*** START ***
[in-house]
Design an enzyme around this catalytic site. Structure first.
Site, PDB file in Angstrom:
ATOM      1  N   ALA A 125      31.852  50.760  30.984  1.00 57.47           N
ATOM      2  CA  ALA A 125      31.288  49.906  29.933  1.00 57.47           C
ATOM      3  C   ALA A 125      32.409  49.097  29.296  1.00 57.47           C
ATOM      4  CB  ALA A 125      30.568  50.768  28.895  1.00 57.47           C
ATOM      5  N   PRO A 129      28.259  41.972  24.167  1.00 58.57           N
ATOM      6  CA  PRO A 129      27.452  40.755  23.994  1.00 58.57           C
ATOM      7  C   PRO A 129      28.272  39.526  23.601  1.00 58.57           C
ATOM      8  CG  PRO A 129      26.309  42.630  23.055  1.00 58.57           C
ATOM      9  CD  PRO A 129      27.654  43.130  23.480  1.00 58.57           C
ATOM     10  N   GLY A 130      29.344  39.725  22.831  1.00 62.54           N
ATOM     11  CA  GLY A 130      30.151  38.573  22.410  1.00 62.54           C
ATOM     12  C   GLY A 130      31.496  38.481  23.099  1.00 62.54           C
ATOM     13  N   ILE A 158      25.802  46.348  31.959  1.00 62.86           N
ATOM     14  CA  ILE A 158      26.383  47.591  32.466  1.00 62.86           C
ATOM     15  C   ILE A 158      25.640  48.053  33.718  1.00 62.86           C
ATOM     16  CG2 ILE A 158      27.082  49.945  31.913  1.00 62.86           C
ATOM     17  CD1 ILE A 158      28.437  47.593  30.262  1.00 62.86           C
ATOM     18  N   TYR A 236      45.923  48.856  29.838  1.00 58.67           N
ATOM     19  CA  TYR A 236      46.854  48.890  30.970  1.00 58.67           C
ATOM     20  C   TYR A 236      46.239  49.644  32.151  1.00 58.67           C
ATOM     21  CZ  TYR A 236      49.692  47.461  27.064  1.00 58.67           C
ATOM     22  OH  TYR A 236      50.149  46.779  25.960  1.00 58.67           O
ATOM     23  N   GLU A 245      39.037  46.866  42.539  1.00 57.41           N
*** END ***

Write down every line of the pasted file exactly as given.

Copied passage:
[in-house]
Design an enzyme around this catalytic site. Structure first.
Site, PDB file in Angstrom:
ATOM      1  N   ALA A 125      31.852  50.760  30.984  1.00 57.47           N
ATOM      2  CA  ALA A 125      31.288  49.906  29.933  1.00 57.47           C
ATOM      3  C   ALA A 125      32.409  49.097  29.296  1.00 57.47           C
ATOM      4  CB  ALA A 125      30.568  50.768  28.895  1.00 57.47           C
ATOM      5  N   PRO A 129      28.259  41.972  24.167  1.00 58.57           N
ATOM      6  CA  PRO A 129      27.452  40.755  23.994  1.00 58.57           C
ATOM      7  C   PRO A 129      28.272  39.526  23.601  1.00 58.57           C
ATOM      8  CG  PRO A 129      26.309  42.630  23.055  1.00 58.57           C
ATOM      9  CD  PRO A 129      27.654  43.130  23.480  1.00 58.57           C
ATOM     10  N   GLY A 130      29.344  39.725  22.831  1.00 62.54           N
ATOM     11  CA  GLY A 130      30.151  38.573  22.410  1.00 62.54           C
ATOM     12  C   GLY A 130      31.496  38.481  23.099  1.00 62.54           C
ATOM     13  N   ILE A 158      25.802  46.348  31.959  1.00 62.86           N
ATOM     14  CA  ILE A 158      26.383  47.591  32.466  1.00 62.86           C
ATOM     15  C   ILE A 158      25.640  48.053  33.718  1.00 62.86           C
ATOM     16  CG2 ILE A 158      27.082  49.945  31.913  1.00 62.86           C
ATOM     17  CD1 ILE A 158      28.437  47.593  30.262  1.00 62.86           C
ATOM     18  N   TYR A 236      45.923  48.856  29.838  1.00 58.67           N
ATOM     19  CA  TYR A 236      46.854  48.890  30.970  1.00 58.67           C
ATOM     20  C   TYR A 236      46.239  49.644  32.151  1.00 58.67           C
ATOM     21  CZ  TYR A 236      49.692  47.461  27.064  1.00 58.67           C
ATOM     22  OH  TYR A 236      50.149  46.779  25.960  1.00 58.67           O
ATOM     23  N   GLU A 245      39.037  46.866  42.539  1.00 57.41           N